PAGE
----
Unfortunately, Sime Darby's staid strategy negatively impacted its bottom line. Sales dipped to M $2.78 billion in 1992 before plunging to M$2.17 billion in 1983. Sime Darby lumbered through the mid-1980s with annual sales of less than M$2.5 billion, and net income skidded from about M$100 million in the early 1980s to a low M$59 million in 1987. To turn things around, Sime Darby's board promoted Tunku Ahmad Yahaya to chief executive. Ahmad was a veteran of the company's executive ranks and was a favorite nephew of Malaysia's first prime minister, Tunku Abdul Rahman. Under Ahmad's direction, the giant corporation began a slow turnaround. Significantly, Ahmad was instrumental in luring Tun Ismail to Sime Darby's board. Ismail was a highly influential central bank governor and the chairman of Sime Darby's biggest shareholder. Ismail became nonexecutive chairman of the company following the death of Tun Tan Siew Sin in 1988.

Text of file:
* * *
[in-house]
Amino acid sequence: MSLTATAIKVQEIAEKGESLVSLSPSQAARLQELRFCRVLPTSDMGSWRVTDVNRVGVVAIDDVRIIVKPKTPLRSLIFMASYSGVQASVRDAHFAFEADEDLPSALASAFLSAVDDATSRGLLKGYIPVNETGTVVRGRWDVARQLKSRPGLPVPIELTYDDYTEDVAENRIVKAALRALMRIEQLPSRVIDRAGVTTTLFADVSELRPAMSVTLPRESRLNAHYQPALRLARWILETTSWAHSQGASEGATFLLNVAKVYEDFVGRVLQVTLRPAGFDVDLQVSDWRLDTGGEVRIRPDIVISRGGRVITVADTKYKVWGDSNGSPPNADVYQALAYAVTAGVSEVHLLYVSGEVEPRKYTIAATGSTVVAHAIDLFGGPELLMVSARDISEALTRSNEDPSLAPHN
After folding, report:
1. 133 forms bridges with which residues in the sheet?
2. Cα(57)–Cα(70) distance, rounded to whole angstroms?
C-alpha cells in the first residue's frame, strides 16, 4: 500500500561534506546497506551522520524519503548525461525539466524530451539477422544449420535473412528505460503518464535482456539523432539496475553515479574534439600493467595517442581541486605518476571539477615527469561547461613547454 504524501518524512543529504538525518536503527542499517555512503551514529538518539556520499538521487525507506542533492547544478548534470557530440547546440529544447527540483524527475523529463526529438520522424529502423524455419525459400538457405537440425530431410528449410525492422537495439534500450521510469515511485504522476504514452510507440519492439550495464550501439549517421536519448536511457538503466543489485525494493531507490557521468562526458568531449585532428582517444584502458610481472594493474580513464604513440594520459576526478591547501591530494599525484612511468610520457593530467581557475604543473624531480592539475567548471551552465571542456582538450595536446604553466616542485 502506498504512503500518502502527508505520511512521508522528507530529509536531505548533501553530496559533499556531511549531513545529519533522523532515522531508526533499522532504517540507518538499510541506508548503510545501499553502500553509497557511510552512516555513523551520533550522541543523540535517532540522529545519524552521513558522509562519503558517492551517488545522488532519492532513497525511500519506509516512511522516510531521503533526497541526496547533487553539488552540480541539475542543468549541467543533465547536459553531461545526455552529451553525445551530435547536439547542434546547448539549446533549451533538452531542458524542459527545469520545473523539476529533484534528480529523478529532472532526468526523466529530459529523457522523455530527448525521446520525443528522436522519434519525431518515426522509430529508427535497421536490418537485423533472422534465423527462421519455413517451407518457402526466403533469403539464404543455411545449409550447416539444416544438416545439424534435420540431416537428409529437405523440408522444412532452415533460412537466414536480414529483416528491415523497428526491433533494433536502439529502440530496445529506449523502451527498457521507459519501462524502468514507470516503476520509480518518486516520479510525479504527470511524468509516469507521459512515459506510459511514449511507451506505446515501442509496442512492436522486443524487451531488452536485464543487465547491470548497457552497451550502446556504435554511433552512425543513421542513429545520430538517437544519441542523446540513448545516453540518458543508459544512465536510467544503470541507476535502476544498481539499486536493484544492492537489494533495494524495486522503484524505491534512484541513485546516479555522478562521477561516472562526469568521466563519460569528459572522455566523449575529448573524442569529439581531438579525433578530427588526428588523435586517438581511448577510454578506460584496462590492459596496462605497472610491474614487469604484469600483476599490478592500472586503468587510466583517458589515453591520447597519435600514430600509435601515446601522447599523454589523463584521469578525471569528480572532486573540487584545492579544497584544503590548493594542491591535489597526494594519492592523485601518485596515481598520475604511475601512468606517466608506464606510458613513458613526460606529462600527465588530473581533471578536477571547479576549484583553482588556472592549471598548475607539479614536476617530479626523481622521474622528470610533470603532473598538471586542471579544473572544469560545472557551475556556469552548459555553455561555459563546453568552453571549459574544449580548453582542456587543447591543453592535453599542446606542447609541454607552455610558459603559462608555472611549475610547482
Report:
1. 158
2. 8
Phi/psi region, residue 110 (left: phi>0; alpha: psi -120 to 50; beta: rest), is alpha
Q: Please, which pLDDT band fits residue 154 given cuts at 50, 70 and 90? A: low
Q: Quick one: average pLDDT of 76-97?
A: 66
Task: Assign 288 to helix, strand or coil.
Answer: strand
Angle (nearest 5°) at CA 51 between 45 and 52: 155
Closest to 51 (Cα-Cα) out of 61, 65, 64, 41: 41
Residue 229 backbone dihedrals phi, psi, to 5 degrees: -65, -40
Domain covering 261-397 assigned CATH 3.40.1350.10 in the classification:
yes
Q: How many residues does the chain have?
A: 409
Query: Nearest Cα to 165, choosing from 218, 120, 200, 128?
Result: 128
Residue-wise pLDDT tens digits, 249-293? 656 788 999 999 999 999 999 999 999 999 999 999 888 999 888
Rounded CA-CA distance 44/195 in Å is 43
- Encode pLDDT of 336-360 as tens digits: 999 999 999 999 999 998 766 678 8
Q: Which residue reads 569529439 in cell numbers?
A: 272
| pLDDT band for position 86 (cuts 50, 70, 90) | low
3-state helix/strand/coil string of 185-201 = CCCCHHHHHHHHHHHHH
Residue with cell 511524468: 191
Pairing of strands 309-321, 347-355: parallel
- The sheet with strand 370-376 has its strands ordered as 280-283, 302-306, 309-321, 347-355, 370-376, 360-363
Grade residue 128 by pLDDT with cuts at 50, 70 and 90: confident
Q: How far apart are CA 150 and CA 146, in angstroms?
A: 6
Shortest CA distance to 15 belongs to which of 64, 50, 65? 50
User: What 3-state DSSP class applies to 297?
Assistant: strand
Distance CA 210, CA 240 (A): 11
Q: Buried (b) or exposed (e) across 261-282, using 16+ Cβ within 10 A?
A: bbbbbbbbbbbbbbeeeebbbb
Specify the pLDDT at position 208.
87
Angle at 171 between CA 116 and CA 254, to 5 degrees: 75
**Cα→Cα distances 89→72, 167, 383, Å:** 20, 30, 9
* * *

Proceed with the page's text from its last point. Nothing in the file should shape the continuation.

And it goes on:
During the late 1980s and early 1990s Ahmad invested much of Sime Darby's cash horde into a bevy of new companies and ventures. Sime became a relatively big player in the global reinsurance business, for example, and tried to boost its activities related to heavy equipment and vehicle manufacturing. Most notably, Sime began pouring millions of dollars into property and tourism in key growth areas of Malaysia in an effort to get in on the development and tourism boom that began in that nation in the late 1980s. The success of that division prompted the company to invest as well in tourism overseas. Through its UEP subsidiary, for instance, Sime Darby bought a full-service resort with condominiums in Florida (Sandestin Resorts) and a hotel in Australia, among other enterprises. As the company dumped its cash into expansion and diversification, sales and profits bolted. Revenues climbed from M$2.53 billion in 1987 to M$4.98 billion in 1990 to M$6.20 billion in 1992. During the same period, net income soared from M$85 million to M$353 million.